Last week I noted “El Niño-driven sea surface temperatures are soaring. Forecast: Hot and then even hotter.

They are still soaring.  NOAA’s National Weather Service Climate Prediction Center has a good animation of tropical Pacific SST anomalies:

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The warming in the Nino 3.4 region of the Pacific is typically used to define an El Niño — sustained postive sea surface temperature (SST) anomalies of greater than 0.5°C across the central tropical Pacific Ocean.

Nino Regions

Two weeks ago the anomaly was 1.1°C.  Last week it was 1.5°C.  This week it’s 1.7°C, as seen in this figure from NOAA’s latest weekly update on the El Niño/Southern oscillation, “ENSO Cycle: Recent Evolution, Current Status and Predictions“:

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Nino 11-09-09

If this value is maintained for any length of time, this would be a pretty strong El Niño, as this historical graph of the 3-month running mean SST departures in Nino 3.4 region show:

ENSO 10-27

Technically, we aren’t in a “full-fledged” El Niño episode yet.  NOAA says, historically, that requires the the 3-month running mean SST departure to exceed 0.5°C “for a period of at least 5 consecutive overlapping 3-month seasons.”  As you can see on page 26 of the weekly report, they can’t make that official until the end of this month.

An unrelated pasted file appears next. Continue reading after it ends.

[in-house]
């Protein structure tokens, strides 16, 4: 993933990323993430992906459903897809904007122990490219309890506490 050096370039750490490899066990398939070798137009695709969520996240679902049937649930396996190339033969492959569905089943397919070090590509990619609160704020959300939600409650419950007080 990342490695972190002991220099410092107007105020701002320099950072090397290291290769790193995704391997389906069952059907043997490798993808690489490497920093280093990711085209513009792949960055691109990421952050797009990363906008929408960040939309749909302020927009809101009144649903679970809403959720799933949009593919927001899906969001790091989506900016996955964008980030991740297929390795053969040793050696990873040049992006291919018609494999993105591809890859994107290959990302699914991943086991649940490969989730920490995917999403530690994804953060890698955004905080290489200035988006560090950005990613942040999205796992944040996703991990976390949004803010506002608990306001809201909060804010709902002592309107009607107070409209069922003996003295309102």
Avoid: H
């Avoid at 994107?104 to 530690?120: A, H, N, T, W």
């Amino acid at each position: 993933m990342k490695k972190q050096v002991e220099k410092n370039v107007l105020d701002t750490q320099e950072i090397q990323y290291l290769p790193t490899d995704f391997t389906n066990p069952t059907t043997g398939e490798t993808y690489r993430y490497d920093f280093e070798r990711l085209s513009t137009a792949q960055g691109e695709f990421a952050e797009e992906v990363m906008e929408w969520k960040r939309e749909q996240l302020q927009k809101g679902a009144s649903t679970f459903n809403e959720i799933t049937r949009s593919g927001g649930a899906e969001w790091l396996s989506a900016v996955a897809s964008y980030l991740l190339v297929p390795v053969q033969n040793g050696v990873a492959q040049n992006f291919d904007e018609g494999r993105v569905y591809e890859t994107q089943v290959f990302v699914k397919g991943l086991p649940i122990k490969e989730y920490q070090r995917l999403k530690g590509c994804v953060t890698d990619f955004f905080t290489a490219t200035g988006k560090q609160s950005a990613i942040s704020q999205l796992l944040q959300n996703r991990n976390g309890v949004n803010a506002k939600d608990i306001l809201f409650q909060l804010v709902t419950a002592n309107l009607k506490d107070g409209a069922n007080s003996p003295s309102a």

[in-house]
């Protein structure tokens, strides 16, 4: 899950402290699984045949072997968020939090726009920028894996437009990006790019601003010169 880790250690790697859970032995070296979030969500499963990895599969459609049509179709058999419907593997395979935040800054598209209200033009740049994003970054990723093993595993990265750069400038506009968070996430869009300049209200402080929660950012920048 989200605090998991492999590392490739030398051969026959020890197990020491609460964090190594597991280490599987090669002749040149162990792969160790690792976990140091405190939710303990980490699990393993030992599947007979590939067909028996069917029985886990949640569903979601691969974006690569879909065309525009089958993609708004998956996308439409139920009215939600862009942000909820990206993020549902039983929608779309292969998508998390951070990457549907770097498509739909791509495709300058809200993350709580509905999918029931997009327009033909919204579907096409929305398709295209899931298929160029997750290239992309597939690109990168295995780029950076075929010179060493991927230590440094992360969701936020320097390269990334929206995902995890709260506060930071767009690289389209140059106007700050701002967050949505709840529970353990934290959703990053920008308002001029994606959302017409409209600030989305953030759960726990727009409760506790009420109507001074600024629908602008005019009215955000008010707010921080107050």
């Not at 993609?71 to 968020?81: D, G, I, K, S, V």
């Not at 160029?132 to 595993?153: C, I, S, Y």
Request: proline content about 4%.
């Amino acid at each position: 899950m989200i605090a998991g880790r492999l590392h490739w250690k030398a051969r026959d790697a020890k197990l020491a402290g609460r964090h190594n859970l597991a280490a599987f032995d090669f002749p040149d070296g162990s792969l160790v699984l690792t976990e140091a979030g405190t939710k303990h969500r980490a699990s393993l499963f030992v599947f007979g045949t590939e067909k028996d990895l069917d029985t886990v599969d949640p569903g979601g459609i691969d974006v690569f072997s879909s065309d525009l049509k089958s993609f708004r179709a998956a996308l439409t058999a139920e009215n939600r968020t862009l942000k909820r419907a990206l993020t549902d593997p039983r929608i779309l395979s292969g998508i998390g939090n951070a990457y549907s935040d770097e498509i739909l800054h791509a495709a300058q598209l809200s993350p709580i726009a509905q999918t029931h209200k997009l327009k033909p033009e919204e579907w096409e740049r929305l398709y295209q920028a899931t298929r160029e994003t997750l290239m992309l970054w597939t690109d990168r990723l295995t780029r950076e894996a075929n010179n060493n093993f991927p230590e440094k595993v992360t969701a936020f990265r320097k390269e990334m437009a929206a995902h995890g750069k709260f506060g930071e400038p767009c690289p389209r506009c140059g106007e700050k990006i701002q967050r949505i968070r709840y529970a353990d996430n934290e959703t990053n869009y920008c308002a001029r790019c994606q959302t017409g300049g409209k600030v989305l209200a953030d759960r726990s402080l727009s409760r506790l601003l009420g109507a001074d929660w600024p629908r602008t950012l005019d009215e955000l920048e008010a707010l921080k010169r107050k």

For the rest of us, it’s increasingly clear that this will be at least a moderate El Niño, and many models are forecasting it will last past the winter and through the spring.

And it bears repeating that back in January, NASA had predicted:  “Given our expectation of the next El Niño beginning in 2009 or 2010, it still seems likely that a new global temperature record will be set within the next 1-2 years, despite the moderate negative effect of the reduced solar irradiance.”

It still seems likely.  And that will be on top of the hottest decade in recorded history by far.

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